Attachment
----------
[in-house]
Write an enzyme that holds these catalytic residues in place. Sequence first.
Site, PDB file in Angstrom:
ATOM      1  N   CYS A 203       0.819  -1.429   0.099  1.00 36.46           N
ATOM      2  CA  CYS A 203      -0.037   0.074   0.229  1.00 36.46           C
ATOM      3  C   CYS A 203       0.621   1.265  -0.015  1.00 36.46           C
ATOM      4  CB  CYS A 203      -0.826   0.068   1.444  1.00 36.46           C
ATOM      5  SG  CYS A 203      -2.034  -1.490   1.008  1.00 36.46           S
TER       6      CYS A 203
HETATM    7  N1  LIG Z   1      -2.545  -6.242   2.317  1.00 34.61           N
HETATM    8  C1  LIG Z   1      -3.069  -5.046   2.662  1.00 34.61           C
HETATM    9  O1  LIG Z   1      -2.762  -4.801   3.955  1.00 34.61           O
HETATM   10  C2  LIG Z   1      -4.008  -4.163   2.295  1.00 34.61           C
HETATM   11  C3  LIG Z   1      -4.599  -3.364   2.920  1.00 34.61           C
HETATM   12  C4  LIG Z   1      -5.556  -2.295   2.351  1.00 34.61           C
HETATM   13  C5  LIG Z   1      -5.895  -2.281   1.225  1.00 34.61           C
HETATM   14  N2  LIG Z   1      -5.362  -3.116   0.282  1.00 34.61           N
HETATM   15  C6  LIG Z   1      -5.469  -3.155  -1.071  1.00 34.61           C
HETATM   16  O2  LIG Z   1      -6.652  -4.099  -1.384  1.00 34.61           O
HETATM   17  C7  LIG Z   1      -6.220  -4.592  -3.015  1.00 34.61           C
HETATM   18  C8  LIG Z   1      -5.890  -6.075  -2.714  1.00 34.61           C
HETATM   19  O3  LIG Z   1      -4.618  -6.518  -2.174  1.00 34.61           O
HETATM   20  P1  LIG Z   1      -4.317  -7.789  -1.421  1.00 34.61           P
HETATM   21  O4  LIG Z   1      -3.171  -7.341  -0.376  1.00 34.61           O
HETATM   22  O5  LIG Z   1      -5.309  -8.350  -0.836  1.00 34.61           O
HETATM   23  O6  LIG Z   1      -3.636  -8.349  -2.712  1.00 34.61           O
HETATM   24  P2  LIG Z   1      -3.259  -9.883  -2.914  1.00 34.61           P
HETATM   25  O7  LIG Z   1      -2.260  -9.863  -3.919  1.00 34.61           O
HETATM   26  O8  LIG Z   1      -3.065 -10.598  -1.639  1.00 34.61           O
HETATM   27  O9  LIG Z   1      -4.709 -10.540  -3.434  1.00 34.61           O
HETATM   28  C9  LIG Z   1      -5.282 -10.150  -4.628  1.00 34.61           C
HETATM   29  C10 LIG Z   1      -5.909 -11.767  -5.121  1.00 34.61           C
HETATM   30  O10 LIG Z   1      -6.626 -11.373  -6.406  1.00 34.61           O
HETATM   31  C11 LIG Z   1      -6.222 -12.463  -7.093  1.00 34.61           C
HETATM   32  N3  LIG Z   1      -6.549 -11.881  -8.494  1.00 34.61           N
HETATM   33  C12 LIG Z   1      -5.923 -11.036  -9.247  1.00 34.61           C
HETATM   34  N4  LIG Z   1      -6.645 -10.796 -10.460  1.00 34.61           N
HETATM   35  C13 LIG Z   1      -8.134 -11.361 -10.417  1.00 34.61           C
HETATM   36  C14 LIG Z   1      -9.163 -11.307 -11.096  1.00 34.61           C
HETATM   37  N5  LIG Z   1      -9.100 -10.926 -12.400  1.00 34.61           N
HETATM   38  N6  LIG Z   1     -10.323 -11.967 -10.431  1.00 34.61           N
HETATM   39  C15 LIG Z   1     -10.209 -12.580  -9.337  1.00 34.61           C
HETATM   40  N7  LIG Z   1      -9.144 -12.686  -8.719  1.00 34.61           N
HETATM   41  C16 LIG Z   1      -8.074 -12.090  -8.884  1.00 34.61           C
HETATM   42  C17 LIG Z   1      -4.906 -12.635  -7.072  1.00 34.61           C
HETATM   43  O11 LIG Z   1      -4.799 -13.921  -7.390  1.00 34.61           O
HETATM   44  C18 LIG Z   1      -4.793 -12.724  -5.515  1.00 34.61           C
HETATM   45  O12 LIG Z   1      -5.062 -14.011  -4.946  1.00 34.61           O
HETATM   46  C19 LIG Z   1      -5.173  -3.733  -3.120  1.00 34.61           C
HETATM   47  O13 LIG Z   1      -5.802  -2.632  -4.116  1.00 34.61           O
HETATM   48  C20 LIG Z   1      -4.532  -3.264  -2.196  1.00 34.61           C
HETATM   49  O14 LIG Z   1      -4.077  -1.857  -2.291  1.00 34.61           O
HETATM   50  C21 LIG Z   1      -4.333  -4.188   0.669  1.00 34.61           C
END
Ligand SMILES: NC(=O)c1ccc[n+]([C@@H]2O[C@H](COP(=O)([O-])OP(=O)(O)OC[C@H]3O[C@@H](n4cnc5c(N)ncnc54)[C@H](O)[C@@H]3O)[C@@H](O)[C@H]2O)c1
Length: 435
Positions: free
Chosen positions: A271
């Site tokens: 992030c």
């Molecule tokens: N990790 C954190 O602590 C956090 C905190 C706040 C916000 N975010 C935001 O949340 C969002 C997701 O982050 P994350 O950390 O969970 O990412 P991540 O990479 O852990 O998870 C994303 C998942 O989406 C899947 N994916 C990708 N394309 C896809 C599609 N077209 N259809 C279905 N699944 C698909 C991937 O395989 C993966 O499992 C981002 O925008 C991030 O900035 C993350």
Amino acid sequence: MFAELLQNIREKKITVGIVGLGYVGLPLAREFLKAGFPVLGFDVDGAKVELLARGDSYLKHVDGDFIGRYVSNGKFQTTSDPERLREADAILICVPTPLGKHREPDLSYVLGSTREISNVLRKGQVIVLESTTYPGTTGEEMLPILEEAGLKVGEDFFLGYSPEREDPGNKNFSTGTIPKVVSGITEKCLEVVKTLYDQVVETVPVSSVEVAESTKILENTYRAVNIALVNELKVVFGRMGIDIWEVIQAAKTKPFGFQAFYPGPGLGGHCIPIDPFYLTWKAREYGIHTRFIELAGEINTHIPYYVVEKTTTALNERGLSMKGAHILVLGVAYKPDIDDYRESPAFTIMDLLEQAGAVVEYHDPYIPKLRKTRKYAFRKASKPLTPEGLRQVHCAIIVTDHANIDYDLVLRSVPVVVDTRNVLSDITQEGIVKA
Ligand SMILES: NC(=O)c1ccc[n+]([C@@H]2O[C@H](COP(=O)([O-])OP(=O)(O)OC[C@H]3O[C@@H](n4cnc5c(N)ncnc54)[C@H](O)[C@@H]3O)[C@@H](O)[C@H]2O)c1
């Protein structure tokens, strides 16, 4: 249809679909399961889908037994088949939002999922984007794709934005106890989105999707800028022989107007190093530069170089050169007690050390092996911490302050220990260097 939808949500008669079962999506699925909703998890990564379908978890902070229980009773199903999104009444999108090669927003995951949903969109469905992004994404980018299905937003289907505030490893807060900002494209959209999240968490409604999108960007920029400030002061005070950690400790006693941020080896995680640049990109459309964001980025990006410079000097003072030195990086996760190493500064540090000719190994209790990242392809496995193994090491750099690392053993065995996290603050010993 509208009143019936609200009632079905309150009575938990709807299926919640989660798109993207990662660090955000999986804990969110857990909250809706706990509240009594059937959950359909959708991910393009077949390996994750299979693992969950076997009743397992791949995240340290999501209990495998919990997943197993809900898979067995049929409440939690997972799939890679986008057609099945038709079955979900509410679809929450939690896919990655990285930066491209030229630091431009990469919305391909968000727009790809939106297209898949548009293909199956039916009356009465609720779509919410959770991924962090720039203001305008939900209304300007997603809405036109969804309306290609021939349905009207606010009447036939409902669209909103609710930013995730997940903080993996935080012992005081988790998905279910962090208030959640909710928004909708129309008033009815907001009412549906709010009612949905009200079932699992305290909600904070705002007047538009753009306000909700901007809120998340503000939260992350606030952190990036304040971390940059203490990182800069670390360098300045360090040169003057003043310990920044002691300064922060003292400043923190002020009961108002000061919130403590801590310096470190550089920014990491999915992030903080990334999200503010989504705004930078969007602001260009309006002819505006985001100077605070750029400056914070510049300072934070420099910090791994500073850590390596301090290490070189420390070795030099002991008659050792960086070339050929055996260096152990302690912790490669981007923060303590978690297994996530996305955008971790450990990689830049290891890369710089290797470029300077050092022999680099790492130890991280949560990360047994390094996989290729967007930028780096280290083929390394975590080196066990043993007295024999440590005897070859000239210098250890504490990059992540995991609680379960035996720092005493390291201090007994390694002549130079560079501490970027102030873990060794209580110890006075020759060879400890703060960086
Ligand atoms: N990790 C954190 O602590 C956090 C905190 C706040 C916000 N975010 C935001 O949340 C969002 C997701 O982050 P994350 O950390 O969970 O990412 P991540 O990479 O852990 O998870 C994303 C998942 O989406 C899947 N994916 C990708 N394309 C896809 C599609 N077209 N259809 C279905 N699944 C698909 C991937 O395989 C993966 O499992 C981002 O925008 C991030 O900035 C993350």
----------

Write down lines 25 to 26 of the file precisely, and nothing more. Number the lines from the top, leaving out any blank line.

HETATM   22  O5  LIG Z   1      -5.309  -8.350  -0.836  1.00 34.61           O
HETATM   23  O6  LIG Z   1      -3.636  -8.349  -2.712  1.00 34.61           O